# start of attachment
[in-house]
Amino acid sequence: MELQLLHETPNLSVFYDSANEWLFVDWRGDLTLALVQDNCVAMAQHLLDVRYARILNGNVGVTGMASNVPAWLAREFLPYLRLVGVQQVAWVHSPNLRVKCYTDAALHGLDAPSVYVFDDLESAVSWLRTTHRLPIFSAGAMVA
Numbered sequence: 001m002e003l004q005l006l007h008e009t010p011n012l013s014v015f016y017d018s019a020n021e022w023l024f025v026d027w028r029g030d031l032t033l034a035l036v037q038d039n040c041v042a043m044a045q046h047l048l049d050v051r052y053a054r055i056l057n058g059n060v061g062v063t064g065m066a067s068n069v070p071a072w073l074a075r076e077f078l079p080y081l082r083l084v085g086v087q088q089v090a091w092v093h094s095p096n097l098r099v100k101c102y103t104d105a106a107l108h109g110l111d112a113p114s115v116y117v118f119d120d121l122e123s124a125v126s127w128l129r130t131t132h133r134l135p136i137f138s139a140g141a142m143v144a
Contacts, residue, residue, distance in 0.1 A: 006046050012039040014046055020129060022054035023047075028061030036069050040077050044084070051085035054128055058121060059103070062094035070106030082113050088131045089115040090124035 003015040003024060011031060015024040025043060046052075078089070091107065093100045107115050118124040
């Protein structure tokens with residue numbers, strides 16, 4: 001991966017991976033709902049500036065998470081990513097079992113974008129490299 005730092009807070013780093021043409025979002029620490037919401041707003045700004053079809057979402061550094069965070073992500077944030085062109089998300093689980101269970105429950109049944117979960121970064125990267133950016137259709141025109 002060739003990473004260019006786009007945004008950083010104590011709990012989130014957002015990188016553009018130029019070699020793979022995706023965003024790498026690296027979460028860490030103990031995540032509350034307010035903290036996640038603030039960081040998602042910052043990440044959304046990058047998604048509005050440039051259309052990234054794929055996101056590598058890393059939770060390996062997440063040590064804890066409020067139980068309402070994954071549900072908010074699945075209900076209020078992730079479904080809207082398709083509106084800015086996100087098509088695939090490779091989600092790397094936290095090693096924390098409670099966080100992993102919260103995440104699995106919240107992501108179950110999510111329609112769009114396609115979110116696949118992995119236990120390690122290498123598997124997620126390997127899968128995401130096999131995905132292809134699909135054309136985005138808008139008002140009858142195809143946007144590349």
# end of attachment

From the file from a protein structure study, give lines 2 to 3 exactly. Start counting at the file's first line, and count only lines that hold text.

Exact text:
Amino acid sequence: MELQLLHETPNLSVFYDSANEWLFVDWRGDLTLALVQDNCVAMAQHLLDVRYARILNGNVGVTGMASNVPAWLAREFLPYLRLVGVQQVAWVHSPNLRVKCYTDAALHGLDAPSVYVFDDLESAVSWLRTTHRLPIFSAGAMVA
Numbered sequence: 001m002e003l004q005l006l007h008e009t010p011n012l013s014v015f016y017d018s019a020n021e022w023l024f025v026d027w028r029g030d031l032t033l034a035l036v037q038d039n040c041v042a043m044a045q046h047l048l049d050v051r052y053a054r055i056l057n058g059n060v061g062v063t064g065m066a067s068n069v070p071a072w073l074a075r076e077f078l079p080y081l082r083l084v085g086v087q088q089v090a091w092v093h094s095p096n097l098r099v100k101c102y103t104d105a106a107l108h109g110l111d112a113p114s115v116y117v118f119d120d121l122e123s124a125v126s127w128l129r130t131t132h133r134l135p136i137f138s139a140g141a142m143v144a